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Get on board for the Eagle Trolley tour at Starved Rock State Park

American Bald Eagles roost near Starved Rock State Park
Karen Breslin

While most people can’t wait for this interminable winter to end, some folks are actually looking forward to January and February of 2015—or even 2016!

Such is the case at the iconic Starved Rock Lodge in Utica, Illinois where many visitors were recently spotted queuing up at the front desk to reserve winter weekend rooms well in advance!

You might think they’re stone-cold crazy, but the ambiance at Starved Rock DOES make it a bit easier to actually embrace the deep freeze. Whether it’s hiking up to the namesake rock to watch the wintering bald eagles or relaxing in the well-appointed Great Hall, Starved Rock has a little something for everyone.

History buffs have long been lured by the stories surrounding the canyons and bluffs at the 2,630-acre state park. Legend has it that the name “Starved Rock” came about as the result of Native-American infighting during the turbulent 1760s, when the Illiniwek tribe were faced with the unenviable prospect of certain death by ambush below or starvation at the top of the rock.

Then, as now, the view from the top of the rock is breathtaking as it offers a sweeping panorama of the Illinois River and the craggy sandstone formations that provide a refreshing break from the state’s mostly prairie-flat landscape.

Just to the north of Starved Rock is the Illinois Lock and Dam system. It was constructed between 1926 and 1934 as part of the Illinois Waterway System. Designed to facilitate barge traffic from the Great Lakes to the Mississippi and the Gulf of Mexico, it helped to boost business in and around the river.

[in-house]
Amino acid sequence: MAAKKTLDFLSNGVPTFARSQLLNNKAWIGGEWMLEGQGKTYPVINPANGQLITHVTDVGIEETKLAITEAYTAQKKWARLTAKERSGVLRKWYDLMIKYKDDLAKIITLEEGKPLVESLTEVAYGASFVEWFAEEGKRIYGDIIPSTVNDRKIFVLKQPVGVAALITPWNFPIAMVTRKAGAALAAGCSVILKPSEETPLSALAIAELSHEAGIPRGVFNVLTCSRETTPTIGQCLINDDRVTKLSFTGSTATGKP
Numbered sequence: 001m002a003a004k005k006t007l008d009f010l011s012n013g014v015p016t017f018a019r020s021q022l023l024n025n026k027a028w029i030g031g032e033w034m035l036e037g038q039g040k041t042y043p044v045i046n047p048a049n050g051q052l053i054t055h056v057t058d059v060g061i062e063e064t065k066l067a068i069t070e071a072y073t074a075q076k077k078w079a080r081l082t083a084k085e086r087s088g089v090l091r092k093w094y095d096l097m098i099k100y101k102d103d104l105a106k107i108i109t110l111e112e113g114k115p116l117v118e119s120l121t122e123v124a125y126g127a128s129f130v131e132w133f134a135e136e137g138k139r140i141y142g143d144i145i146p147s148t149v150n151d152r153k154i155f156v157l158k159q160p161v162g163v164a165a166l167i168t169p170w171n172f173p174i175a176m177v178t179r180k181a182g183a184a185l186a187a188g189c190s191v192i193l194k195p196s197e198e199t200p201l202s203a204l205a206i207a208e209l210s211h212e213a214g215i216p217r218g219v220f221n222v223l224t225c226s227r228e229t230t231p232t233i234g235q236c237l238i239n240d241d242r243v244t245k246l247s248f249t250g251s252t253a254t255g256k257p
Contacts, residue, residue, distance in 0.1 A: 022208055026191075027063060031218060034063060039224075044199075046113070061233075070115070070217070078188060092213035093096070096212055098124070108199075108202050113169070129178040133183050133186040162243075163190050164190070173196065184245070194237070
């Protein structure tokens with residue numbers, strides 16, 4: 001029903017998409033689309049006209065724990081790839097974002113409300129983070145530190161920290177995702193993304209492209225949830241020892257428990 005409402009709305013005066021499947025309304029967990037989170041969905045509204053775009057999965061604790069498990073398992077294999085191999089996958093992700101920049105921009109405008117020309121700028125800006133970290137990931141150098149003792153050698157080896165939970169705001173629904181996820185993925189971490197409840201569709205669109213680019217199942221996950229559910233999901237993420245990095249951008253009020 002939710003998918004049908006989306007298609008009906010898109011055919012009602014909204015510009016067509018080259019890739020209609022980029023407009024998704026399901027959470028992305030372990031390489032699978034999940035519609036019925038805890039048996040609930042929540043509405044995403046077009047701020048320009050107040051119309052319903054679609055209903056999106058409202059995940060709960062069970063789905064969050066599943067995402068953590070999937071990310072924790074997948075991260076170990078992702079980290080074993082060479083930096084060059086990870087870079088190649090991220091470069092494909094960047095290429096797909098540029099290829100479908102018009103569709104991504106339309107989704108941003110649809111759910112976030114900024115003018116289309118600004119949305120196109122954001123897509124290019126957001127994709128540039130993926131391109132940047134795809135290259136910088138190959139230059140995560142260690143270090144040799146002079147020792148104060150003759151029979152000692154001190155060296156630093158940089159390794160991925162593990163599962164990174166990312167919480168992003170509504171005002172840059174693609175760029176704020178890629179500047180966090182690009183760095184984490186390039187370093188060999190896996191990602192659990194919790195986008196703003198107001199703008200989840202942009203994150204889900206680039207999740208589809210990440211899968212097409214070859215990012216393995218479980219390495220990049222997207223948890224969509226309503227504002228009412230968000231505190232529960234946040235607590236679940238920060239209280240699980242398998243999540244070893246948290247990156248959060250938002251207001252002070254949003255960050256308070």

Added to the National Register of Historic Places in 2004, the locks’ unfrozen waters are now drawing a new breed of visitors to the area as hundreds of American Bald Eagles spend the winter around there. They have been lured by the prospect of catching fish that become disoriented traveling through the locks and make an easy mark for these majestic birds of prey.

These big birds have proven to be a boon to tourism in the area as many people are braving the frigid temperatures and flocking to the area to see the eagles. Edna Daugherty, director of activities at Starved Rock said that birds have been drawing visitors from Chicago as well as Rockford, Peoria and Springfield.

Some intrepid eagle watchers simply hike up Starved Rock, head over to the locks or hunker down along Dee Bennett Road, while many others opt to leave the driving, details and dossiers to the Eagle Trolley Tour. These tours run out of Starved Rock every Monday, Wednesday, Saturday and Sunday.

A sumptuous Sunday brunch or hearty lunch in the historic lodge is included with the cost of the trolley tour, which allows visitors to fuel their minds as well.

Such was the case on a cold, yet sunny Sunday morning when an affable and informative guide named Ava took a group out in search of eagles. A stop at the Starved Rock Lock and Dam observation deck provides the opportunity to observe the eagles in various stages of activity.

After the initial excitement of seeing the eagles in action, visitors are ushered into the building to see a movie and learn more about the bald eagles' habits and behavior patterns.

Ava claimed it was a great day to see eagles as more birds were spotted along Dee Bennett Road. A few scrawny coyotes were also seen scurrying about and added credence to the fact that this has been a very rough winter for everyone.

Rough winter or not, the Eagle Trolley Tours are highly recommended for anyone interested in learning more about the birds or simply soaking up the area’s beautiful scenery and fascinating history. But you’d better hurry if you want to catch the eagles this year. The trolley tours end on February 26 and the birds head back north as soon as the weather breaks.

Visit more information about the trolley tours or booking a room at the Lodge for a future cold-weather getaway!

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